With the new year in full swing and resolutions set, it's time to take one last look back at the past decade.
Time flies by too quickly, but with reflection, we can preserve it in our minds like it was yesterday.
Last week, I focused on the offensive side of the ball selecting the Pittsburgh Steelers' All-Decade team.
Now we take a look at defensive and special teams to complete this look back at the decade in Steelers' history.
A history, in fact, that was quite good for the Steeler Nation.
To review, two Super Bowl titles and six division crowns gave the Black and Gold their best decade since the team of the seventies ruled the NFL.
So, for your enjoyment and discussion, my version of the Steelers' All-Decade team: Defense and special teams.
The five-time Pro Bowler has been a staple at the nose since his rookie year in 2001.
Casey Hampton, the ultimate run stuffer, has started 106 games with career totals of eight sacks and 299 tackles.
The big man from Texas was voted to the Pro Bowl this season after missing it in 2008.
Look for the Steelers to slap the franchise tag on the free agent to be if negotiations fall through in the offseason.
One of the most underrated players in the NFL.
Aaron Smith is the consummate pro and a perfect example of what a 3-4 defensive end should look and play like.
Smith went down in the fourth game of the season, and the Steelers defense was never the same.
A stalwart run defender, the 2004 All-Pro has racked up 44 sacks and 437 tackles in his 11-year career.
Kimo Von Oelhoffen was a hard-nosed, rugged player. The perfect compliment to Aaron Smith on the right side.
Oelhoffen was also versatile enough to slide into the nose during the 2006 season for the Jets.
Kimo started 94 of a possible 96 games between 2000-2005 for the Steelers, finishing his black and gold career with 183 tackles and 20.5 sacks.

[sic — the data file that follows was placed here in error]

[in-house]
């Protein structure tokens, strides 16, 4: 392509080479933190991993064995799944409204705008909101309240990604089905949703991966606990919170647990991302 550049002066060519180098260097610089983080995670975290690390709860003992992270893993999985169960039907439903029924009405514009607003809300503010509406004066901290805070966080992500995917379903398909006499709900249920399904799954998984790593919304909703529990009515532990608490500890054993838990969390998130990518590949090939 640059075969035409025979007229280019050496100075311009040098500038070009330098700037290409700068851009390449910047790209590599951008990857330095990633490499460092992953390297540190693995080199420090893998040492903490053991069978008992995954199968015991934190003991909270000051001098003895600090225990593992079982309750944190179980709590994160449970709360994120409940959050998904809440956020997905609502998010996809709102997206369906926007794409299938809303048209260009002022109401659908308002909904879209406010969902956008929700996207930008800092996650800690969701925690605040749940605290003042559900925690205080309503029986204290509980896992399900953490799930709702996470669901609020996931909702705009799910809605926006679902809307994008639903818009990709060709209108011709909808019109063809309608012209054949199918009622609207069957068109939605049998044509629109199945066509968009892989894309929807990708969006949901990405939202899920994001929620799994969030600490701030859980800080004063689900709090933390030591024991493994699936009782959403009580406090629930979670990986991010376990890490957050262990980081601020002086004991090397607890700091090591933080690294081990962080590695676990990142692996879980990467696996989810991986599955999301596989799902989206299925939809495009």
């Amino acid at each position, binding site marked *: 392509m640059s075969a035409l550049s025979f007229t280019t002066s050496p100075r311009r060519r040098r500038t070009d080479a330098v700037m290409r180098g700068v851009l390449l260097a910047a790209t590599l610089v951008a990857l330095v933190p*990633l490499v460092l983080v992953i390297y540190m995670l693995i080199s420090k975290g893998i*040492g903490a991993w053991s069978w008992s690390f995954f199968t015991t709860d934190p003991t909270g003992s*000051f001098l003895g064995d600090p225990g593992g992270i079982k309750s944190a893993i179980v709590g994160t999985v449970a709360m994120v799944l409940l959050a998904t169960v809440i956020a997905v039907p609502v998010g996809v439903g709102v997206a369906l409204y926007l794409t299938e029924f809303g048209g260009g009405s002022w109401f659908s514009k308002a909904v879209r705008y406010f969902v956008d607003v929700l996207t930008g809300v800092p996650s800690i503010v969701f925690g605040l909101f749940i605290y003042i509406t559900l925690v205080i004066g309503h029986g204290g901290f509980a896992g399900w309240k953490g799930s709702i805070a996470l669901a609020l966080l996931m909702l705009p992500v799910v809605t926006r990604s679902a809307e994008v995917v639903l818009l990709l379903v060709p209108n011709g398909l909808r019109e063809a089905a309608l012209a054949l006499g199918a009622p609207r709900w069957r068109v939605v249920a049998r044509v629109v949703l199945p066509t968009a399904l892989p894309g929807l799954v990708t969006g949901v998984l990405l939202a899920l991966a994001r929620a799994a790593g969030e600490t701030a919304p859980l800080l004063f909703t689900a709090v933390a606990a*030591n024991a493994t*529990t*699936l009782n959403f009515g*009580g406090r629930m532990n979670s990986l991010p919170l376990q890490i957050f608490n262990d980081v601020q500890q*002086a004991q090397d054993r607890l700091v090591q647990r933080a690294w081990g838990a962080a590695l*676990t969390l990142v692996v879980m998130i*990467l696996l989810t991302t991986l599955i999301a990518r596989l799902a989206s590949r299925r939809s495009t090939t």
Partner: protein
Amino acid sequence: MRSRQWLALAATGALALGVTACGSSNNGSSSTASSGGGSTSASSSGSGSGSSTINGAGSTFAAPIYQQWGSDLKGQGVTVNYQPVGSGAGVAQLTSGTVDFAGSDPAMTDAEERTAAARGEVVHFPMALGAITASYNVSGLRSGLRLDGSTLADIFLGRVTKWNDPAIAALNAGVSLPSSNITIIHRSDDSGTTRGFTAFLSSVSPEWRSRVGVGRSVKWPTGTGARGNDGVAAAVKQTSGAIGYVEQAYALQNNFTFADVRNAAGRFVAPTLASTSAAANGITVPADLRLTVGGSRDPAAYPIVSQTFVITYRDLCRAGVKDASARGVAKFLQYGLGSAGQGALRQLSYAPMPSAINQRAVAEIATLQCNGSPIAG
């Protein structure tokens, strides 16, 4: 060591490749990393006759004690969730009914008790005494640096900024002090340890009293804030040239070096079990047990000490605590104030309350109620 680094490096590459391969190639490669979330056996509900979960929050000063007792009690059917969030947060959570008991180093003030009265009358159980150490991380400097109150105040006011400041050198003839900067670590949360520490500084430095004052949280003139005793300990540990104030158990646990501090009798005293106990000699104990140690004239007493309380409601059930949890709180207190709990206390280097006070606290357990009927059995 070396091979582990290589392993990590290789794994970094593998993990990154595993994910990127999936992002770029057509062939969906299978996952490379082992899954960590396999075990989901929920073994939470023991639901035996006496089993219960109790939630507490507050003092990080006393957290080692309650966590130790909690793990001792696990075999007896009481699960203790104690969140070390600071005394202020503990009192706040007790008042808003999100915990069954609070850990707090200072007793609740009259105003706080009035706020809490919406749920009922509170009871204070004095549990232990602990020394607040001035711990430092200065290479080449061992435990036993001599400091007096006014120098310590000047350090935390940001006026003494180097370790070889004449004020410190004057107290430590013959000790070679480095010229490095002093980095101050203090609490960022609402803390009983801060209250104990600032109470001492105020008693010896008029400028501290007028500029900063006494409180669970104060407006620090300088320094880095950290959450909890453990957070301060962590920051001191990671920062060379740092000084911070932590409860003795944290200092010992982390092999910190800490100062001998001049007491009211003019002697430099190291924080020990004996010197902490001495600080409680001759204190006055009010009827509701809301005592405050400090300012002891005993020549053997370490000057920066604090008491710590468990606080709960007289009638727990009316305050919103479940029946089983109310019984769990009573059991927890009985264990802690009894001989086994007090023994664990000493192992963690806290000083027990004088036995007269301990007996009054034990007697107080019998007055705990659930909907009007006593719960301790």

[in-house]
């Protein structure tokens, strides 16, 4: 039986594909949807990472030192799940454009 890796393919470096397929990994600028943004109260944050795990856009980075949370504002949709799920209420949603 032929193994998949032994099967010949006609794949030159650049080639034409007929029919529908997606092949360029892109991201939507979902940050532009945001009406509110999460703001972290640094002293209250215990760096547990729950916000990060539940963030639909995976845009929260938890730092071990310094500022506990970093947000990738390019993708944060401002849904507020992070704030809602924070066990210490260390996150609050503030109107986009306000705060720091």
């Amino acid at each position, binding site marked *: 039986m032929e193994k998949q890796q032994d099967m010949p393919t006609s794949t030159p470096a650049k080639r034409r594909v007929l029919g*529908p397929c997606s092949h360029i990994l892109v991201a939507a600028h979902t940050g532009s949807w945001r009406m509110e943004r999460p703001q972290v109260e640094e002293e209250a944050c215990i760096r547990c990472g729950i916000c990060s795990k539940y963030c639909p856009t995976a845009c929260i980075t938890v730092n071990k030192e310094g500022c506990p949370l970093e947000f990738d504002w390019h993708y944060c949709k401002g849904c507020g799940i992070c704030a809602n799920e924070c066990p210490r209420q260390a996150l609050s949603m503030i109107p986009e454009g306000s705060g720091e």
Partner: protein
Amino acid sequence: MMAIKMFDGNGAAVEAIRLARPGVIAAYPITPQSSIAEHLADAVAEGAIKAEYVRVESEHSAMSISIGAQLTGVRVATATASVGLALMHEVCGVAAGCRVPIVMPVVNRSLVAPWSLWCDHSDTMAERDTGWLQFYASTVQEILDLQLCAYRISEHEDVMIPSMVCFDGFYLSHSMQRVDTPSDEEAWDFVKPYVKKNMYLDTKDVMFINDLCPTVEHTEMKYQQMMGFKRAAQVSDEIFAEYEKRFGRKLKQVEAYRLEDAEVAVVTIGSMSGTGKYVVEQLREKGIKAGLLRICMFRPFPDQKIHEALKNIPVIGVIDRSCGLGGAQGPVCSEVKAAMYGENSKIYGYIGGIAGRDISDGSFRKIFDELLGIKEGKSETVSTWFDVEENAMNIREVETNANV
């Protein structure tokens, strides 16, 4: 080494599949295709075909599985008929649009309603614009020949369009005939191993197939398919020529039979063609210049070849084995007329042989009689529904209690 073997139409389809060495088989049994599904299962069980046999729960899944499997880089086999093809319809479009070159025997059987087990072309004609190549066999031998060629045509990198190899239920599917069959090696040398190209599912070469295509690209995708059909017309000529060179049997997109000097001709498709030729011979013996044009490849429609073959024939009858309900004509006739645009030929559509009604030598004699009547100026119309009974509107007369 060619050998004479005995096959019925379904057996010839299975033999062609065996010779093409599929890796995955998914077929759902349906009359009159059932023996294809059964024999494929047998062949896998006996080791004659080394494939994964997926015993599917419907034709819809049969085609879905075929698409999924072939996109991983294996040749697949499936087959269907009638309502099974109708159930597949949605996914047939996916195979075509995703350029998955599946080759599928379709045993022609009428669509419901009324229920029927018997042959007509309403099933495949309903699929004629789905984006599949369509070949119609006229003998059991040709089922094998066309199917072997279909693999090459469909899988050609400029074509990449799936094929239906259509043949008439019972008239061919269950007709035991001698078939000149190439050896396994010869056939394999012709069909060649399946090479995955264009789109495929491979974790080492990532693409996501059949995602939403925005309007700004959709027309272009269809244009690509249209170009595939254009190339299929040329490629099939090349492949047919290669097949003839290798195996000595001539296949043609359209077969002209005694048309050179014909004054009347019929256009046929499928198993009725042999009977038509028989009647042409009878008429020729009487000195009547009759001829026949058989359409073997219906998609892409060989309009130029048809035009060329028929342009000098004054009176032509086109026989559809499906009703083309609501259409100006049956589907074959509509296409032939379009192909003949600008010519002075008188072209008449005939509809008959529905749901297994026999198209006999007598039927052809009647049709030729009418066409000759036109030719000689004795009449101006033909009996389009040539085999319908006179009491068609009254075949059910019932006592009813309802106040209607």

This was a tough decision between Von Oelhoffen and current starter Brett Keisel. In the end, it was Von Oelhoffen's equal effectiveness at getting to the quarterback and stopping the run that got him the nod over Keisel.
This was the hardest position to decide because of all the great outside backers the Steelers had in the decade.
Jason Gildon and LaMarr Woodley were left off the team and believe me, you could state a case for both of them. Woodley was left off because he hasn't played long enough and Gildon, despite being a three-time Pro-Bowler, didn't make it because most of his outstanding play was in the nineties.
One who did was Joey Porter.
Porter has been a four-time Pro Bowler, three times with Pittsburgh, and was a first-team All-Pro selection in 2002.
Porter was a starter for seven of his eight years in the Steel City, racking up 60 sacks, 10 interceptions, and 452 tackles. He was loud and cocky, but backed it up on the field.
James Harrison was a late bloomer, but when his head finally caught up to his ability, the results were nothing short of spectacular.
The three-time Pro Bowler and 2008 first-team All-Pro has had an incredible run the past three seasons. From 2007-2009, Harrison has collected 34.5 sacks, 270 tackles, two picks, and a safety.
There hasn't been a more dominant outside linebacker in the NFL the last three seasons than Harrison.
James Farrior is the ageless wonder and the quarterback of the Pittsburgh defense since 2002.
The two-time Pro Bowler and 2004 first-team All-Pro has 22 sacks, eight interceptions, and 896 tackles in his Steelers' career.
Farrior is one of the most consistent and most respected NFL performers of the decade.
Some may have expected to see Kendrell Bell here, but in all honesty, "The Bell Wringer" had a brief two years of brilliance before fading away.
On the other hand, Larry Foote has been a consistent, but unappreciated player for seven or eight years now.
Harrison, Porter, and Farrior may have gotten the press and the accolades, but Foote was the best tackler on the team. His excellence against the run was something Pittsburgh missed in 2009.